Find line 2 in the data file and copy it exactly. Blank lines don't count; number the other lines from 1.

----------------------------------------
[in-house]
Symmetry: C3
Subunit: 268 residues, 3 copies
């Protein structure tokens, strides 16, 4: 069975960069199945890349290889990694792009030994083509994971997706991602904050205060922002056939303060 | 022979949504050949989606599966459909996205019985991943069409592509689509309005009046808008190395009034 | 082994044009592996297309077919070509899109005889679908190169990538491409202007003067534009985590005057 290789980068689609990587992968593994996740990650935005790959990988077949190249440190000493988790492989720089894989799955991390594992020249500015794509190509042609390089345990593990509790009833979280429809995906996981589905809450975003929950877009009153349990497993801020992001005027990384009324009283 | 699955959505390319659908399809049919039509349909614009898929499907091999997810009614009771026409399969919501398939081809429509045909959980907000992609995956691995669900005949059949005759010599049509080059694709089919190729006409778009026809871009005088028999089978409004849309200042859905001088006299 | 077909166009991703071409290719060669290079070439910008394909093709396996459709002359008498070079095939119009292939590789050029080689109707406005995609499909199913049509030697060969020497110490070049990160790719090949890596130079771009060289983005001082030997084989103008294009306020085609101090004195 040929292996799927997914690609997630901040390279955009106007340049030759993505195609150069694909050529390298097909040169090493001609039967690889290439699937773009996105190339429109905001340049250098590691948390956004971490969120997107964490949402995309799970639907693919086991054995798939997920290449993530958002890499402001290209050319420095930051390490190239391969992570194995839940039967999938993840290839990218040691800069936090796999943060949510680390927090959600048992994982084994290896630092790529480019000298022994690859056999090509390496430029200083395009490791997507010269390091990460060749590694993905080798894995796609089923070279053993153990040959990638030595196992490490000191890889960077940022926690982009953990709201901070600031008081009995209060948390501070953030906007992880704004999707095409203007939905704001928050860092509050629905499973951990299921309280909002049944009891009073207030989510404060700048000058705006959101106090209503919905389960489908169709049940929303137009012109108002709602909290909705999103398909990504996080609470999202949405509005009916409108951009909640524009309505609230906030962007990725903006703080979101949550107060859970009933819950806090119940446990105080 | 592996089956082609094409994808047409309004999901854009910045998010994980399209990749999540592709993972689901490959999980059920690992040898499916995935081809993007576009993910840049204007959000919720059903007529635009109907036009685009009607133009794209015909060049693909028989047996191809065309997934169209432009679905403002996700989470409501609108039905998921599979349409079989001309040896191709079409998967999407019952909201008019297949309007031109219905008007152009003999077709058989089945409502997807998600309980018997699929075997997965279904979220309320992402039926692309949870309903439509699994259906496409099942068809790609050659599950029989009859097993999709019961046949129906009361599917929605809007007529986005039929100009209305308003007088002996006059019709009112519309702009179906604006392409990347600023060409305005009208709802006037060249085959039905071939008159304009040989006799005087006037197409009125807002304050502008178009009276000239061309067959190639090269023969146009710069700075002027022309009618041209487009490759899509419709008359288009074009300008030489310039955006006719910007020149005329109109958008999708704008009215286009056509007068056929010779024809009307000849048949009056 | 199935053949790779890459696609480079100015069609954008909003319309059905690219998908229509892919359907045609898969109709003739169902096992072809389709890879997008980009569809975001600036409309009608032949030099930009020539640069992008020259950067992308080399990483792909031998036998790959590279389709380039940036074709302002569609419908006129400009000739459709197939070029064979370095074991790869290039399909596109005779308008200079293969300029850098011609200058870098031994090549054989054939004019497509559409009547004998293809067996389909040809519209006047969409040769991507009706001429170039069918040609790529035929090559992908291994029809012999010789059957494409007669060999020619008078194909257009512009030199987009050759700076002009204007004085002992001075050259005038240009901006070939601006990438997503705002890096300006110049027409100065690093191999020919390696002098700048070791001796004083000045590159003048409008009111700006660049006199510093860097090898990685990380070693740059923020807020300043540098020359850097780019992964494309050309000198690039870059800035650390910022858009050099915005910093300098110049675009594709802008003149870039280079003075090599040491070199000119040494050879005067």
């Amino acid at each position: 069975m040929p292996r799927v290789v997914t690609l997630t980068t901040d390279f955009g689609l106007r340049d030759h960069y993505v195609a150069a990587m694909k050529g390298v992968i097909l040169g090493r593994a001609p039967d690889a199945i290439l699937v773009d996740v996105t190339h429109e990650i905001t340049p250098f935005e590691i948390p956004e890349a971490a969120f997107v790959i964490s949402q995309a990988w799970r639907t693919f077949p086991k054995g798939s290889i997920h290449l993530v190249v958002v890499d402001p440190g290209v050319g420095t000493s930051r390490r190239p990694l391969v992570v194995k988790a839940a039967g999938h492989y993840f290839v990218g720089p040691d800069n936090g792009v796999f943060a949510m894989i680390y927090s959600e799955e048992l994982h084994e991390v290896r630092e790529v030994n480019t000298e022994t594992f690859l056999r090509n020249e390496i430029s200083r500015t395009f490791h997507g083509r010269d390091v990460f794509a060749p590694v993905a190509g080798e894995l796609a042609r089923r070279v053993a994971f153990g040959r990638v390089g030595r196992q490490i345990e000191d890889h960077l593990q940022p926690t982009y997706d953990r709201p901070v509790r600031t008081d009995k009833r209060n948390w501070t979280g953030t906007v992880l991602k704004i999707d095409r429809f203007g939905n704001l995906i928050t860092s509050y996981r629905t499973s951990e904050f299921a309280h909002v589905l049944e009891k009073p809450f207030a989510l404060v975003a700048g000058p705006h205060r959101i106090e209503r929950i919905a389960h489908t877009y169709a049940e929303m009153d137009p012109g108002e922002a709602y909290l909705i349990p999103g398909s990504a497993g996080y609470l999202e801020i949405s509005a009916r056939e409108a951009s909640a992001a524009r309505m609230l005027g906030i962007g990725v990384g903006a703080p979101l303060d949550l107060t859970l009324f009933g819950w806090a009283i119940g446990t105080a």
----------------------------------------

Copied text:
Symmetry: C3